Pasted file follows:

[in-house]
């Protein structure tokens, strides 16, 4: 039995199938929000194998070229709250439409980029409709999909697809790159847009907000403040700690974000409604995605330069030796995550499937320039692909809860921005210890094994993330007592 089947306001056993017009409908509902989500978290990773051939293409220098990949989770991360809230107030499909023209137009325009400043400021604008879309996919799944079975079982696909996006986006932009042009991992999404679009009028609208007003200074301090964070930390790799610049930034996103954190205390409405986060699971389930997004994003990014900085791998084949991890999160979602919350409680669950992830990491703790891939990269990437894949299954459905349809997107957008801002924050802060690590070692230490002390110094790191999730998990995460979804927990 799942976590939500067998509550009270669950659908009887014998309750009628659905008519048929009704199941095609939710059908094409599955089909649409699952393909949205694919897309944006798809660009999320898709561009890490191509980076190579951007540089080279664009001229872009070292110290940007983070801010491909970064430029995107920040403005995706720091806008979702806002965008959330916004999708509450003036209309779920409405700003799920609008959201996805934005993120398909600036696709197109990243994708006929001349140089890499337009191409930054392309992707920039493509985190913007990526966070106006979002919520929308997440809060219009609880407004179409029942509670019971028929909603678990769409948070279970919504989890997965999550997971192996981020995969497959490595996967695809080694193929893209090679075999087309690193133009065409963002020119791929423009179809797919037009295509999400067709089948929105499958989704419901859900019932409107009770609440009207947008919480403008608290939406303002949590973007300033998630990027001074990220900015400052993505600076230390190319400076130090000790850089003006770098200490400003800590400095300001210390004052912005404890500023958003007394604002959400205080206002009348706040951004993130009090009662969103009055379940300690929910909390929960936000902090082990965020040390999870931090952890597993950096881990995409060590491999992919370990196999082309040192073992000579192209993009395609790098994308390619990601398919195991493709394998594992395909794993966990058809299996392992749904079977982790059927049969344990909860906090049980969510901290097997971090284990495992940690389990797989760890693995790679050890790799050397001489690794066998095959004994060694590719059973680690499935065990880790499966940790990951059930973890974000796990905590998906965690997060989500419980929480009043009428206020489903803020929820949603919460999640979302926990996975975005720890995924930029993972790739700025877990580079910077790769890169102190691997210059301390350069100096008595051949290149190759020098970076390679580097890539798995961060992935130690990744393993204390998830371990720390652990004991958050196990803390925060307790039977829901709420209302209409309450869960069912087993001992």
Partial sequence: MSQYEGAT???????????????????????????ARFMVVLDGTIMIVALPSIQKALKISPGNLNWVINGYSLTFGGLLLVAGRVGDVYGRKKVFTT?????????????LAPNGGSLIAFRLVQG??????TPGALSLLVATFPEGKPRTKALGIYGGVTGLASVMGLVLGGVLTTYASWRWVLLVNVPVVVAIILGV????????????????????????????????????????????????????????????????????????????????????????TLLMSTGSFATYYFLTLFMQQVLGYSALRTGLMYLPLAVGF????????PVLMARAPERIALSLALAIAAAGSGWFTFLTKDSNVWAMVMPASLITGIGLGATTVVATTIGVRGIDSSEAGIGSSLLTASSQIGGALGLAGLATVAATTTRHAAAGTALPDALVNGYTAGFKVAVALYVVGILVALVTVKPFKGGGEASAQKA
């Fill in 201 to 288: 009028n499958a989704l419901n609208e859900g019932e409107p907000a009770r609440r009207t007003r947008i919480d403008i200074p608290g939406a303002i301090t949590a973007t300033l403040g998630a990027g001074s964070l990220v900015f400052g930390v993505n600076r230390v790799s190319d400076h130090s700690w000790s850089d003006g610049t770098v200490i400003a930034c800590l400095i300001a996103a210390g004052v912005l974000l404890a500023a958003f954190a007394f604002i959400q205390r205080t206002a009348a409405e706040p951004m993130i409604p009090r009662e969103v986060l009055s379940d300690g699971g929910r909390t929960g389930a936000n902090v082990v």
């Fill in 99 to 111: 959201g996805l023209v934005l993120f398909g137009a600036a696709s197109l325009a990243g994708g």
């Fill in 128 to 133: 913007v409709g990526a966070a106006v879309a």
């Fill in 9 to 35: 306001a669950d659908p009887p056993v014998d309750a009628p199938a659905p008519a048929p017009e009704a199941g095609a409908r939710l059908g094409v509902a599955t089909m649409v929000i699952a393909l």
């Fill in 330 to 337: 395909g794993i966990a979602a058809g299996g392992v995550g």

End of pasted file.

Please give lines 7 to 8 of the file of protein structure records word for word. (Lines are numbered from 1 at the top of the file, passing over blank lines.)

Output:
């Fill in 9 to 35: 306001a669950d659908p009887p056993v014998d309750a009628p199938a659905p008519a048929p017009e009704a199941g095609a409908r939710l059908g094409v509902a599955t089909m649409v929000i699952a393909l």
């Fill in 330 to 337: 395909g794993i966990a979602a058809g299996g392992v995550g």